As the use of NGINX is often recommended by myself and others to help provide performance and security gains for Node-RED. I thought that I really ought to do a full write-up on how to do this.
Note that there is also another FAQ on this subject but the above gives specifics about the use of HTTP/2 and rewrite rules for handling multiple instances of Node-RED (or multiple node.js apps or using uibuilder with its custom server feature). Or indeed just proxying specific parts of Node-RED.
The configuration in this article also uses the current standards and configuration of the community version of NGINX (e.g. it does not use the
My article does not, however, cover the installation and configuration of other tools and services such as fail-to-ban or Let's Encrypt.
Node-red server with nginx reverse proxy howto guide - Node-RED Forum
This is the other piece of the puzzle, doing user authentication outside of Node-RED. I still need to do an article on this and will do so when time permits.
There are doubtless various ways of doing this with NGINX but I'll first be looking at vouch-proxy which supports multiple back-end authentication services and is open source.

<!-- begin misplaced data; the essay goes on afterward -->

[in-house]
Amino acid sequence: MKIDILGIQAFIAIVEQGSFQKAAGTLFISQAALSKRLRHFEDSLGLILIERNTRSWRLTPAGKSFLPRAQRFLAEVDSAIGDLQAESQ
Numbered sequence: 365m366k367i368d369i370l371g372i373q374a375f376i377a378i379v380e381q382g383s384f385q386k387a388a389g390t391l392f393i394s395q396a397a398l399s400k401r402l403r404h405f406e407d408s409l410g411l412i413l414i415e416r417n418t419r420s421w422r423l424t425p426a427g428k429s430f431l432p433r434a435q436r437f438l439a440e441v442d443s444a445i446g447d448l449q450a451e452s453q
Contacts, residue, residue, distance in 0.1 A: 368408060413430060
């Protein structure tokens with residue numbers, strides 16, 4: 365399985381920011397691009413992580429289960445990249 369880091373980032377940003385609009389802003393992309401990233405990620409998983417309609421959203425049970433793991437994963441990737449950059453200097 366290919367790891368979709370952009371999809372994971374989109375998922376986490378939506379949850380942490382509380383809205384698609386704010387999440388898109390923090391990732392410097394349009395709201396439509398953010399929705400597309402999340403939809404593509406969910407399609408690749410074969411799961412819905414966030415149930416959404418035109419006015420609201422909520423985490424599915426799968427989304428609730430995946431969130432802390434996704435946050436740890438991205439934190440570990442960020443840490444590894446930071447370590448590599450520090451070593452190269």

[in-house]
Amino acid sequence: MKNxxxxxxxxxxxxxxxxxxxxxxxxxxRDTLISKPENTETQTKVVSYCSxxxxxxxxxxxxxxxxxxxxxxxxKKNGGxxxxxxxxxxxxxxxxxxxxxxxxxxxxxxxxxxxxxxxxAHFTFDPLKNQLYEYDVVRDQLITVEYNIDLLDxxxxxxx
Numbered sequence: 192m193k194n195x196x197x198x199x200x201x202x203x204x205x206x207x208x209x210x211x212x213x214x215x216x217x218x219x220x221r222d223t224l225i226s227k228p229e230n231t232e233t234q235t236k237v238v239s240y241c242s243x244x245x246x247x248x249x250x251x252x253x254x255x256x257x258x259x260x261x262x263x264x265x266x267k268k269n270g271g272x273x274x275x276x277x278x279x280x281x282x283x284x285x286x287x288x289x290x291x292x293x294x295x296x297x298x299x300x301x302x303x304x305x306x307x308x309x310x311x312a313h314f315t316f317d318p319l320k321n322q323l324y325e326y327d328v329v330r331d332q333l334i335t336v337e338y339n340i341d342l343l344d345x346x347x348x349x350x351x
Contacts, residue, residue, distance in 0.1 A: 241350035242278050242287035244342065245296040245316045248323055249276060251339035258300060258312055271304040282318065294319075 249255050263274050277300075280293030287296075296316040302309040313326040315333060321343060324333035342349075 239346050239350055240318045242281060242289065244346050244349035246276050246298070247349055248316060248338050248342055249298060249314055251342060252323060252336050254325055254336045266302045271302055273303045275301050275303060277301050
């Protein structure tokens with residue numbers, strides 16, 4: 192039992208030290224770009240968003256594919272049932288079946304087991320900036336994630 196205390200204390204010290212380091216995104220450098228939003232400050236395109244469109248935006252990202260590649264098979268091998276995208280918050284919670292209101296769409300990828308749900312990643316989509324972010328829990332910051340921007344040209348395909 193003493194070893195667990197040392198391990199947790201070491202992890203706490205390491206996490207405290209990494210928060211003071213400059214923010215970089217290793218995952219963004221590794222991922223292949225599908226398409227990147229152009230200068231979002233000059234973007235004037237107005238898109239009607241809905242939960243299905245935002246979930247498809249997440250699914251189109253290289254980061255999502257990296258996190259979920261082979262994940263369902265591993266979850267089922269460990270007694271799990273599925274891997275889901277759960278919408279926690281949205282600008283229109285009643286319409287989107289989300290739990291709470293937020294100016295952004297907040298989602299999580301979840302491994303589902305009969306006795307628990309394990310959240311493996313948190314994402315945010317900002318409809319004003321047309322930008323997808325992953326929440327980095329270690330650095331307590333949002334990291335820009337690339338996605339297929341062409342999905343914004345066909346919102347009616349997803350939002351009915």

Small additional note. If using Let's Encrypt to provide your TLS certificate and key, don't forget that it changes fairly often. When it does, you need to tell NGINX.
sudo systemctl reload nginx
Reload simply picks up the latest config files, it does not close any existing client connections.
You will probably want to either schedule this using CRON or add it to your Acme client script.
I use the
acme.sh script to manage my certificates from Let's Encrypt. It has a built-in auto-reload for common web servers including NGINX.
acmesh-official/acme.sh: A pure Unix shell script implementing ACME client protocol (github.com)
I am using nginx proxy manager to do the heavy lifting of configuring nginx, it has built-in support for let's encrypt with a nice web interface. I am still investigating 2FA authentication with Authelia.
Nice. Let us know how you get on. I've actually just flipped to Caddy which seems nicer to configure and has built-in Let's Encrypt if you want it. It also configures http/2 right out of the box without any additional config.
I've also worked out how to block external access to the Editor but leave the Dashboard open and even to be able to have the Dashboard and the Editor on different ports.
It has good support for external authentication and even for MFA.
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